Choreography in Focus: Alamat: Si Sibol at Si Gunaw
Love for nature and environmental protection are the themes underscored in Alamat: Si Sibol at Si Gunaw, which Ballet Manila premiered in 2009.
Based on the children’s book by Ed Maranan, it tells the story of the goddess Luningning, caretaker of Nature, who marries the mortal king Kapuy. She gives birth to twins Sibol (Bloom) and Gunaw (Doom) who eventually become, respectively, the nurturer and destroyer of the environment. Luningning must step in to reconcile the two, paving the way for their world to flourish once more.
The task of creating the dance that would involve forest maidens and warriors, flowers and butterflies and other elements of spectacle fell to resident choreographers Osias Barroso and Gerardo Francisco. The two had first collaborated for Pista in 2008, but this time it would be a production with two full acts, requiring more elaborate scenes and movements.
Barroso would write in his choreographer’s notes back then, “This new task is quite challenging but at the same time, self-fulfilling… Knowing that at the end of the performance, the audience will be reminded of two things – Family and Nature, two of the most irreplaceable things in life.”
Long fascinated with Filipino-inspired dances, Francisco for his part was thrilled to blend contemporary and folk movements for Alamat: Si Sibol at Si Gunaw. For him, mixing energetic and stylized movements into a cohesive piece was an experiment he enjoyed doing.
The twins Sibol (Yanti Marduli) and Gunaw (Francis Cascaño) are at odds with each other as one is bent on nurturing and the other on destroying.
The designs and movements characterizing ethnic communities in Southern Philippines inspired the two choreographers in shaping the piece. Thus, the Muslim Suite in the production attempts to reflect the mysticism, royalty, and beauty of the Filipino Muslim culture, fashion, music and dances. Accompanied by the musical instruments agong and kulintang, intricate hand and arm movements were used to complement the colorful costumes of the characters.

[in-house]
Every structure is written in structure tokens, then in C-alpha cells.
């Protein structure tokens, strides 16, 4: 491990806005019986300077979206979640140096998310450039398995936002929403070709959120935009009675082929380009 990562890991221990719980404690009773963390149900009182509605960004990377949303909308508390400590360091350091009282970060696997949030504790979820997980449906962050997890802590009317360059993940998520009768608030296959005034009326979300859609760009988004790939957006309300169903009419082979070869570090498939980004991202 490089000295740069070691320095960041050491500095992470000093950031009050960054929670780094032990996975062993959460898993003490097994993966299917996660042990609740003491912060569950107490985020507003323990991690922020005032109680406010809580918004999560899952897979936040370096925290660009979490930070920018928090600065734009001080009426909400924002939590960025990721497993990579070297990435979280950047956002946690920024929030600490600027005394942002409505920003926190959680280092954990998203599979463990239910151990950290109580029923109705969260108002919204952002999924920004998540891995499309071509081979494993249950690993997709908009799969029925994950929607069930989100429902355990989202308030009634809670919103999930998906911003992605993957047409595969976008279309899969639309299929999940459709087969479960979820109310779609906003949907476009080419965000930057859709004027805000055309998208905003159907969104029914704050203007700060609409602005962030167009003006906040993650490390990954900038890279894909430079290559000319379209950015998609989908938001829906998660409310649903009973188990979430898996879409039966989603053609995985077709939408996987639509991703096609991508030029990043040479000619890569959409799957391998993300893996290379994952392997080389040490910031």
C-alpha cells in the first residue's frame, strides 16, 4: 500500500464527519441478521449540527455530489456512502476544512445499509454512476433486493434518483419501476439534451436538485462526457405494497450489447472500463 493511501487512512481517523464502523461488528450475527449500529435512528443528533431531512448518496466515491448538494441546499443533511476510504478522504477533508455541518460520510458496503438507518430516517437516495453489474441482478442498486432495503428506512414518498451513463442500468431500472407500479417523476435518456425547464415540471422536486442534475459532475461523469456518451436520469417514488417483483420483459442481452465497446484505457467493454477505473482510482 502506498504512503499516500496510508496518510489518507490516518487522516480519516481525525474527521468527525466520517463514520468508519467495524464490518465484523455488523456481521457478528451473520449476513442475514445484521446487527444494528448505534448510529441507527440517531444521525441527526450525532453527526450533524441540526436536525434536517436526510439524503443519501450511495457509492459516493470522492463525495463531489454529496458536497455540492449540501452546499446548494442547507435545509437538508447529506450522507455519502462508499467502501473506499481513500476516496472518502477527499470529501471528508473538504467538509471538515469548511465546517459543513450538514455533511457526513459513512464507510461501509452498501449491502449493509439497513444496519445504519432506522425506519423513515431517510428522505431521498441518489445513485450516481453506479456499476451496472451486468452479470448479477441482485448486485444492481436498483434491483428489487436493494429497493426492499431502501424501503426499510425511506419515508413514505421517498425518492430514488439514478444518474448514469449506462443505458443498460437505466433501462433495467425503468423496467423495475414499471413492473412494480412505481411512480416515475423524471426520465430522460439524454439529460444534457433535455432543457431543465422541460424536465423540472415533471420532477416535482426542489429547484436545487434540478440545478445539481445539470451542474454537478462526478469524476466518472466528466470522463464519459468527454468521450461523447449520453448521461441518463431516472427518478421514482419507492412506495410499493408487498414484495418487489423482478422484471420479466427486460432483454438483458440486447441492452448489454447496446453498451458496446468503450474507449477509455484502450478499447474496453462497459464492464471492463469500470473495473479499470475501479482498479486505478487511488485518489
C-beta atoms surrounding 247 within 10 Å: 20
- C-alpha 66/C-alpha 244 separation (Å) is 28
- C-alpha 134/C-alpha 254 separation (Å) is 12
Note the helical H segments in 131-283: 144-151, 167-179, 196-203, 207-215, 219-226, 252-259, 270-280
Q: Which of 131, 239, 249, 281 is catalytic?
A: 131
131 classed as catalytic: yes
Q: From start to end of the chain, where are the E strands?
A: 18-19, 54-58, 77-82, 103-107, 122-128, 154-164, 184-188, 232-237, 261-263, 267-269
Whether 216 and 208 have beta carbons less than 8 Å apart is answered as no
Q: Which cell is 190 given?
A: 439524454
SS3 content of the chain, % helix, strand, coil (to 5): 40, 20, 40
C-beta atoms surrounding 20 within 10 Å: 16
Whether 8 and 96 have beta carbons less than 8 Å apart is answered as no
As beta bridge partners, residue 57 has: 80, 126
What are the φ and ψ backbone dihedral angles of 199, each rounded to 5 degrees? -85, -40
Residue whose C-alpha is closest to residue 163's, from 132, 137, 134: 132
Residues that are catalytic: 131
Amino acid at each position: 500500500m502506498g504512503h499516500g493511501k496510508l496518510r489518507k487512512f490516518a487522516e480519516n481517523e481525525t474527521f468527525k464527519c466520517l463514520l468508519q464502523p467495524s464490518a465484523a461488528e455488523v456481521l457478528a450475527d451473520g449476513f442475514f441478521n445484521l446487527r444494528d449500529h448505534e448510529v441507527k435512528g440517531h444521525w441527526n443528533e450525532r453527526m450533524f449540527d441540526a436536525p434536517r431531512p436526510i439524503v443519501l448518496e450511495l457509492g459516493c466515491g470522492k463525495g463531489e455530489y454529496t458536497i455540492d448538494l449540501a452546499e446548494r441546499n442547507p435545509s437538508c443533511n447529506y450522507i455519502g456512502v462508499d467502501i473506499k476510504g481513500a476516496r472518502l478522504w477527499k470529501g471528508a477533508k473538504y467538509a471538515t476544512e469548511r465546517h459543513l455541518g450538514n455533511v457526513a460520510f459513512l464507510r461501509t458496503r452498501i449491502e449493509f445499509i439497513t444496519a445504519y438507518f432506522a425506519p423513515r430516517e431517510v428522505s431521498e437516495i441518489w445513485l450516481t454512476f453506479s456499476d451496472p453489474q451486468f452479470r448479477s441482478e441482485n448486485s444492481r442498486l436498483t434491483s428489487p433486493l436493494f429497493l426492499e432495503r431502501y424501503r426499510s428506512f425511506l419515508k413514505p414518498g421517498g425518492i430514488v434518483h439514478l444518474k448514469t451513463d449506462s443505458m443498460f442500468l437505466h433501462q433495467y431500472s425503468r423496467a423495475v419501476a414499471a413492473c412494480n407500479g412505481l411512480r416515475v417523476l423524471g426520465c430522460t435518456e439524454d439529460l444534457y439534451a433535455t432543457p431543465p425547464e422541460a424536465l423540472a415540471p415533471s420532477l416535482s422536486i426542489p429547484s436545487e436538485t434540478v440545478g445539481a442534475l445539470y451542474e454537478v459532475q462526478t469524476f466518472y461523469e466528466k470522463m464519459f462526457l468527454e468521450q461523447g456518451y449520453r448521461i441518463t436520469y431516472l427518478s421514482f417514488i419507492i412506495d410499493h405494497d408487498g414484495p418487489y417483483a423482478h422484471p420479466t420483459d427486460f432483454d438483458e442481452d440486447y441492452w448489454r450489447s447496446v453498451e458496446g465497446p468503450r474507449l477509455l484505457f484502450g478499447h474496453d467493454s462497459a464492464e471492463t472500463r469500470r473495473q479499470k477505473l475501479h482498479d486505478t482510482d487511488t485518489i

The wedding of Luningning to Kapuy was based on the Singkil dance that, in turn, was based on the Maranao’s epic of “Darangan.”
As with previous Ballet Manila dance extravaganzas such as Tatlong Kuwento ni Lola Basyang, Alamat: Si Sibol at Si Gunaw made use of music by various Filipino artists. Arrangers Mon Faustino and Noel Zarate threaded together the music of various Filipino artists including George Canseco, Willy Cruz and Edru Abraham and his Kontra-Gapi Ensemble.
“This combination of creative minds and hearts is more than any choreographer can ask for,” enthused Barroso back then. Prior to opening night, he just had one wish: “We hope the experience of watching this show, so lovingly prepared for your viewing pleasure, will be as magical as the experience of putting it together!”
Photos by Ocs Alvarez